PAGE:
Friday , March 1 2024

Ensuring origin of lobster seeds a must to export to China

A sustainable value chain for spiny lobster is critical for Việt Nam to export to China. — VNA/VNS Photo 

HÀ NỘI — Việt Nam needs to establish a value chain for spiny lobster with a focus on meeting China’s requirements regarding the origin of seeds and farming process to export into this market.

Recent changes in China’s requirements for lobster entry have blocked Việt Nam’s export to China.

The blockage has been pushing farmers into a lot of difficulty since China is the biggest lobster importer of Việt Nam, which accounts for 98-99 per cent of the country’s lobster export, according to statistics of the National Agro-Forestry-Fisheries Quality Assurance Department under the Ministry of Agriculture and Rural Development.

Việt Nam’s live lobster export to China was estimated at US$95 million in the first nine months of this year, dropping by 46 per cent against the same period last year.

Under new regulations for the import of farmed lobsters, China requires proof of the farming process and bans the use of natural lobster seeds, meaning that the seeds must be F2 generation.

Hundreds of tonnes of spiny lobsters farmed in South Central provinces could not be exported to China after China classified baby lobsters on the list of endangered wild animals that need to be protected.

Khánh Hoà is the capital of lobster with two major farming areas in Cam Ranh Bay and Vân Phong Bay. The source of shrimp seeds is currently mainly imported from Indonesia and Malaysia.

Võ Văn Thái, director of Vân Phong Aquaculture – Tourism Cooperative, said that his cooperative has a backlog of nearly 100 tonnes of lobster that can not be exported from August due to failure in meeting China’s requirements of farming process and traceability.

Local farmers are facing a lot of difficulties as exports to China are stuck and the domestic consumption demand is low, Thái said.

Nguyễn Thị Ánh Quyên, a farmer in Nha Trang, Khánh Hoà, who had 36 years of experience in aquaculture, said that never have lobster farmers been in such difficulty as today. If the export congestion could not be tackled soon, farmers would not be able to manage capital to maintain farming, she said.

Trần Hoà Nam, Deputy Chairman of Khánh Hoà Province People’s Committee, said that lobster mariculture in the province is mainly near shore, of small scale and lacks stability. The management of seeds, especially lobster seeds, is ineffective in ensuring origin traceability.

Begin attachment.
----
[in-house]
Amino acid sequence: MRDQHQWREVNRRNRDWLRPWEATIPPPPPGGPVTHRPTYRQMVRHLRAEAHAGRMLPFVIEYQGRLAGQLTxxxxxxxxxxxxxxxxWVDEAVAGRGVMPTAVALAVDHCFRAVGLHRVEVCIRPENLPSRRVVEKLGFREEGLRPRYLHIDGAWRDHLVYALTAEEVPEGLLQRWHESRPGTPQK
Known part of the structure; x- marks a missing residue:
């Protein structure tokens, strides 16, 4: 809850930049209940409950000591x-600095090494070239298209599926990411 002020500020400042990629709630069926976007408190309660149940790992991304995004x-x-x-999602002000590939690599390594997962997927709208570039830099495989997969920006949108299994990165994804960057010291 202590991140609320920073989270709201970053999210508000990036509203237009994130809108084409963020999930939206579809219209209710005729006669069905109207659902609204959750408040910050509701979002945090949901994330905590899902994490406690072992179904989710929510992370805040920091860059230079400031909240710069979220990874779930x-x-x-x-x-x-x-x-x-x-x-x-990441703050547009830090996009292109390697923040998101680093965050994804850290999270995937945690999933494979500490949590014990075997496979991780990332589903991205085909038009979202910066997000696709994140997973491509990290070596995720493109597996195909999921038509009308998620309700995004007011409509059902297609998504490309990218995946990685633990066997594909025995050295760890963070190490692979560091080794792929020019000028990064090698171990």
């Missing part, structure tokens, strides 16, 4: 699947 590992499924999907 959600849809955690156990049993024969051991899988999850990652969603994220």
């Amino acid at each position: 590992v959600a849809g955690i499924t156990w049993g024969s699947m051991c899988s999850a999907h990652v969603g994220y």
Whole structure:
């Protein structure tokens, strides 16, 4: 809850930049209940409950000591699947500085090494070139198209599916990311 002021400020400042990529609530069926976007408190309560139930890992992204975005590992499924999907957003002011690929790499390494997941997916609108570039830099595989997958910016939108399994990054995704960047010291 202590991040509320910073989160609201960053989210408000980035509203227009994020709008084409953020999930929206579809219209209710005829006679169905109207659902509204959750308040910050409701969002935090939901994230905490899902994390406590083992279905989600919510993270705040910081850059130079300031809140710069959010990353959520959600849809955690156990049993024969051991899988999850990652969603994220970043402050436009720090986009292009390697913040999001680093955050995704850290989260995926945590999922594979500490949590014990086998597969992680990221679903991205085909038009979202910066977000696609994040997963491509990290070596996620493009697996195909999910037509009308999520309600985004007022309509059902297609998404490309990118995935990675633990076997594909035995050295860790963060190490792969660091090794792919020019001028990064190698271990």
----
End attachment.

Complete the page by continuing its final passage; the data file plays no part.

It is necessary to tighten the management of lobster farming, especially the import of lobster seeds, to tackle the bottlenecks in meeting the requirements of import markets, Nam said.

According to Lê Bá Anh, Deputy Director of the National Agro-Forestry-Fisheries Quality Assurance Departmen, on May 5, China amended the Law on Wildlife Protection, which stipulates a ban on catching, using, and trading of spiny lobsters and species in the list of protected animal species.

To be eligible for export to China, lobster must not be caught directly from the sea, together with the requirement about clear evidence of the farming process and origin of seeds (at least from F2 generation).

To tackle difficulties in lobster seed origins, Võ Văn Nhã, Deputy Director of Aquaculture Research Institute No 3, said that the institute has been enhancing research to produce lobster seeds.

Roadblocks to lobster export to China must be handled fundamentally, Deputy Minister of Agriculture and Rural Development Phùng Đức Tiến, said.

Tiến urged the Department of Fisheries to coordinate with local authorities to provide instructions to organisations and individuals in the lobster value chain to strictly comply with the 2017 Law on Fisheries while waiting for the instructions from China.

After China provides instructions, a review must be conducted to verify and complete the list of lobster farming facilities eligible for export to China to submit for code granting.

At the 12th meeting of the Việt Nam-China Economic and Trade Cooperation Committee early this week, Chinese Commerce Minister Wang Wentao stressed that the Chinese market has great demand and welcomes high-quality agricultural products from Việt Nam.

Regarding the export of spiny lobsters, Wang said that Vietnamese businesses need to urgently register production and packaging facilities with Chinese Customs, while authorities of the two countries need to soon carry out inspections and assessments of businesses and cultivating areas either in direct or online form so that spiny lobsters of Việt Nam can be exported to China. — VNS

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